“JESSANARRY” (The Wadsworths of Moreton Island) – Part 3

 In August of 1962 Tangalooma closed down due to a lack of whales. However, this was not to be the end for the buildings at Tangalooma, and in December 1963 the Tangalooma tourist resort was opened.  The old flensing deck where the whale carcasses had been dismembered was converted to a tennis court and the factory below to a shop, squash courts, and laundry.  

            Also in 1963 with the closure of the Cowan Cowan signal station Harry Wadsworth retired from the Harbours and Marine Department.  Erosion of the shoreline had on three previous occasions forced the Wadsworths to move house.  Next to the now deserted signal station was a large cement slab which had previously been the foundation of a club for the officers of the 1000 men who had been stationed there during WWII.  This slab proved to be the ideal foundation for Harry to build a retirement bungalow for himself and Jessie.   They named it “Jessanarry”.  They played bowls on its extensive lawn, while inside, Jessie now had a home for her extensive shell collection, the result of a lifetime’s beach-combing.

            Harry knew Moreton Island like the back of his hand, and, more importantly for his many visitors, where to catch the fish.  This knowledge and news of his catches quickly spread to such an extent that prominent identities from businessmen to the Governor himself would take him fishing with them.

Harry Wadsworth holding Lunar Tailed Rock Cod, Cape Moreton 1978 (photo courtesy Alan Counter)

            Harry and Jessie Wadsworth became known as the King and Queen of Moreton and visitors to the Tanglaooma resort would ask to be taken up the beach to Cowan Cowan for an audience.  Conversely, the Wadsworths would visit the resort once a fortnight to pick up their stores and for a chat.

            When Harry became sick, because he could not see the water from his house, members of the Moreton Bay Boat Club built him a shelter overlooking the Bay.  Adrian Dalgarno, one of the Boat Club members and a frequent visitor to Moreton, recalls Harry sitting there for hours with a tape recorder capturing the sounds of the water, birds, and anyone who came to visit him.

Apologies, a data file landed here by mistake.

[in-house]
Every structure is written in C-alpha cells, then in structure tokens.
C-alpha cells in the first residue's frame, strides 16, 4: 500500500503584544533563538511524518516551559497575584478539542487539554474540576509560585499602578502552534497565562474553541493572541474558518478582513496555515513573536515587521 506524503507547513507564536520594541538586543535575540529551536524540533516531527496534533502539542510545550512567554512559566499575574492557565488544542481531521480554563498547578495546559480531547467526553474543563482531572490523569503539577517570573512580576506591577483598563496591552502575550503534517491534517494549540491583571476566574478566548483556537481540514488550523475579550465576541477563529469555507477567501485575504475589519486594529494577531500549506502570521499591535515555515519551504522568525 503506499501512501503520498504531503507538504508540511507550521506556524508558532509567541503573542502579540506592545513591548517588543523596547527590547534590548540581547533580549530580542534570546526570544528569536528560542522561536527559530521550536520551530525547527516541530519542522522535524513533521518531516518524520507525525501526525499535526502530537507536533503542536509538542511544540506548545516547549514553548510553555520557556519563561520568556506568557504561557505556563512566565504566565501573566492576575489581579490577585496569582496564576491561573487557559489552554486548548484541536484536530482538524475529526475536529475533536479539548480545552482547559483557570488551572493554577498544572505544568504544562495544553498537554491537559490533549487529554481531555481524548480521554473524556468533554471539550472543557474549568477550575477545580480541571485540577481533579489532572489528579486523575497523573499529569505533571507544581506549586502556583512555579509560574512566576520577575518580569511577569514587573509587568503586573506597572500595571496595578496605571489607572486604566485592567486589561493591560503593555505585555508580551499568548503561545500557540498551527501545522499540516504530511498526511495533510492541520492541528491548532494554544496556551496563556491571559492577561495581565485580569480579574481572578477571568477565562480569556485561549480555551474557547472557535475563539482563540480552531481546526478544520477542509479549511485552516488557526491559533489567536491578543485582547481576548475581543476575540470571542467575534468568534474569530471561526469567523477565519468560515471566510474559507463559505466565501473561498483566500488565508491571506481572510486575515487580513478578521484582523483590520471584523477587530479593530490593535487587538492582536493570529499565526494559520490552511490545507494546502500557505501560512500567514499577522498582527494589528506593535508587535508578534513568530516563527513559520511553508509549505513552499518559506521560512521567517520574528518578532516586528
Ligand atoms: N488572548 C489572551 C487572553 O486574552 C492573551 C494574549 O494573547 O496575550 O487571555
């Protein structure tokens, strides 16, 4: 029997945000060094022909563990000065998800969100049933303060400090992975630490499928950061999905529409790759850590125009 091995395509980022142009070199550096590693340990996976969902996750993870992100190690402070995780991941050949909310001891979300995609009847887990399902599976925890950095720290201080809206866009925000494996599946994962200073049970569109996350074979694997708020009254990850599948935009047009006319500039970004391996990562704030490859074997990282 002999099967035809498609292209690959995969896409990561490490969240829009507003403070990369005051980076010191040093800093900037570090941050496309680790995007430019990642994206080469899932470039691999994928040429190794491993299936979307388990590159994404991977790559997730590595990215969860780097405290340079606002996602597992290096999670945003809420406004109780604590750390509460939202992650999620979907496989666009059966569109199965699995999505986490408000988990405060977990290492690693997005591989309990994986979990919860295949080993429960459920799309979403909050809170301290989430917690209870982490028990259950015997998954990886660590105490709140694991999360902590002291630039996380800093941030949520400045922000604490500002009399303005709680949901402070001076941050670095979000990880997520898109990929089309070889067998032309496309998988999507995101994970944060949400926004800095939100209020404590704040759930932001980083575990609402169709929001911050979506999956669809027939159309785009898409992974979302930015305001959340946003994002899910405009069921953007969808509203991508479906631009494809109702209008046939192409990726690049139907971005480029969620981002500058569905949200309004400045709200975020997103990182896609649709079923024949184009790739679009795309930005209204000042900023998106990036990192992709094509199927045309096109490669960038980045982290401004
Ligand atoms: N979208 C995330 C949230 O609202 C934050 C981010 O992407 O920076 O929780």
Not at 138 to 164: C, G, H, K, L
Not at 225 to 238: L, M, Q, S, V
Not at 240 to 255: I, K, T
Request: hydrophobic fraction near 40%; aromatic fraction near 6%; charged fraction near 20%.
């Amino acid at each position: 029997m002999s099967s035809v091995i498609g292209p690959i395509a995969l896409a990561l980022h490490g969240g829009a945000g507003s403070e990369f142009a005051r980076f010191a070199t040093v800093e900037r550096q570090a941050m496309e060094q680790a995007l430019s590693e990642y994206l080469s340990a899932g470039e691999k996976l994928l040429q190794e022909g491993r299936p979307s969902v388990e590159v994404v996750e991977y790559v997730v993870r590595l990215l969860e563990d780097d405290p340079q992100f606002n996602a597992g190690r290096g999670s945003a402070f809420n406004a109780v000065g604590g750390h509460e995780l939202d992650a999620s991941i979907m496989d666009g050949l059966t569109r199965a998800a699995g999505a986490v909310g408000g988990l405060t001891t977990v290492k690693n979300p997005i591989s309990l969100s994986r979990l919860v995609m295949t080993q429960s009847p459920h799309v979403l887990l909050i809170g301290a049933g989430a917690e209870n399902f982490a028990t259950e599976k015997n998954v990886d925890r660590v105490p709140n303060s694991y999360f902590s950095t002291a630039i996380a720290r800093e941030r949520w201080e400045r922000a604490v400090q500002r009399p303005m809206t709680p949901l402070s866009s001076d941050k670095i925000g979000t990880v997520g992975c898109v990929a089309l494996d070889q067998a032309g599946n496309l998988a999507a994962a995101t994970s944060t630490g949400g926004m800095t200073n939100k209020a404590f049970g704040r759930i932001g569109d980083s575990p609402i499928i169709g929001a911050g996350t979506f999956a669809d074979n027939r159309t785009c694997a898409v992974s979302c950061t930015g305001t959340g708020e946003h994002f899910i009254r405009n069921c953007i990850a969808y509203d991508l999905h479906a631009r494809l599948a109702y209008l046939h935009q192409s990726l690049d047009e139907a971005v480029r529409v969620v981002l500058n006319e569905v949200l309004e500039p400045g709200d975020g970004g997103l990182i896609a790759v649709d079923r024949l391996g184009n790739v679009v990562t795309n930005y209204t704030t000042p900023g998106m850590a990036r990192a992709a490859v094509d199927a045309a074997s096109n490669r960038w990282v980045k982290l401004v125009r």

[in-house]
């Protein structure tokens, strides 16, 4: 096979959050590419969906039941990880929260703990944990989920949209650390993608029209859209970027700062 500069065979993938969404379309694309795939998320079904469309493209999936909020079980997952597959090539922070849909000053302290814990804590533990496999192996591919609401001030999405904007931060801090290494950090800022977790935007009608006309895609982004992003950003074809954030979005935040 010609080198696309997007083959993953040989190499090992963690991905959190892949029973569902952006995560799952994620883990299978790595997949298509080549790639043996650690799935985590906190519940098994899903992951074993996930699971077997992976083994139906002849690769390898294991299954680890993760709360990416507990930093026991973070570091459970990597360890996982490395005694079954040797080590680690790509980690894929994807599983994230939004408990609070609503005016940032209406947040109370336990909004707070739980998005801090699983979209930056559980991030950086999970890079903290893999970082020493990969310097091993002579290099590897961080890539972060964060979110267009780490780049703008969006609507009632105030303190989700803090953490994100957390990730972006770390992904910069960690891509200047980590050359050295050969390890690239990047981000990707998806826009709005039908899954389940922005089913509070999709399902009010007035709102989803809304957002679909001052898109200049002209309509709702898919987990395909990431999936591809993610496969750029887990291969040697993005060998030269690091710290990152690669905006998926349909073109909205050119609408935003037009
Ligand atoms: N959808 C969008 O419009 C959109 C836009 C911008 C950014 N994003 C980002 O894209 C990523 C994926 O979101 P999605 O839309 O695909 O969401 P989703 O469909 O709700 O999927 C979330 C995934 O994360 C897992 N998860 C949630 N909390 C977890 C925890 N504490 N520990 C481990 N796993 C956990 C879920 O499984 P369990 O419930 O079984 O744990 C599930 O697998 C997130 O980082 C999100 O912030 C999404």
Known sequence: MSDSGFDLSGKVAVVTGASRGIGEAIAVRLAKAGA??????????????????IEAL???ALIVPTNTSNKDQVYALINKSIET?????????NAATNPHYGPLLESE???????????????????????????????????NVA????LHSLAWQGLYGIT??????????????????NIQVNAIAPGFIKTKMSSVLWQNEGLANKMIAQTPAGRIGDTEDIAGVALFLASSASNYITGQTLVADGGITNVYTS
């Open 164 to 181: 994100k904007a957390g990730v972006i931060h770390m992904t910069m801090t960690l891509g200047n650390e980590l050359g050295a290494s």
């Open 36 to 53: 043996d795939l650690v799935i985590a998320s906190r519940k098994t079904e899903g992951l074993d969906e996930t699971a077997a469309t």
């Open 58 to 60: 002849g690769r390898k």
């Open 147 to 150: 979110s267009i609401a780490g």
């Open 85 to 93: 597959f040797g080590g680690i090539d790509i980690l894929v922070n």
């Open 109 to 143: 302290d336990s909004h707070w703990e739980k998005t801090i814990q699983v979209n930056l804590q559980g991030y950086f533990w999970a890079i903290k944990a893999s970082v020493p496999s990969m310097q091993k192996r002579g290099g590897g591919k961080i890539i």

Harry died in 1979 after 41 years of marriage to Jessie.  She followed him in 1985.

            At age 82, Jessie was to say of her lifetime on Moreton: “It’s the sort of life I have liked – it’s never been too quiet or too isolated for me.  I think you have got to be the type of person who loves Nature and loves the quiet and doesn’t want to be rushing around to discos and all that.  I reckon I am a good advertisement for the lifestyle on Moreton Island.  I can still look after my own house, keep the garden in reasonable order, cook and teach my neighbours how to crochet.”

            During her last years she had campaigned to restrict mineral sand mining on the island and the use of 4 wheel drive vehicles, maintaining that future generations were entitled to enjoy the peace and tranquillity of Moreton’s unspoilt bush and beach.  Groups such as the Moreton Island Protection Committee are continuing the fight which she began.

            In his later years, Harry was to sum up the philosophy of his life with Jessie: 

            “We’ve always walked everywhere, and barefoot at that.  This island has been a paradise which for years we had virtually to ourselves.  To live together so isolated for so long, you’ve got to have the right woman.  And if you have your health too, what else do you need?”

            What else indeed.

Extract from Moreton Bay People – The Complete Collection’.

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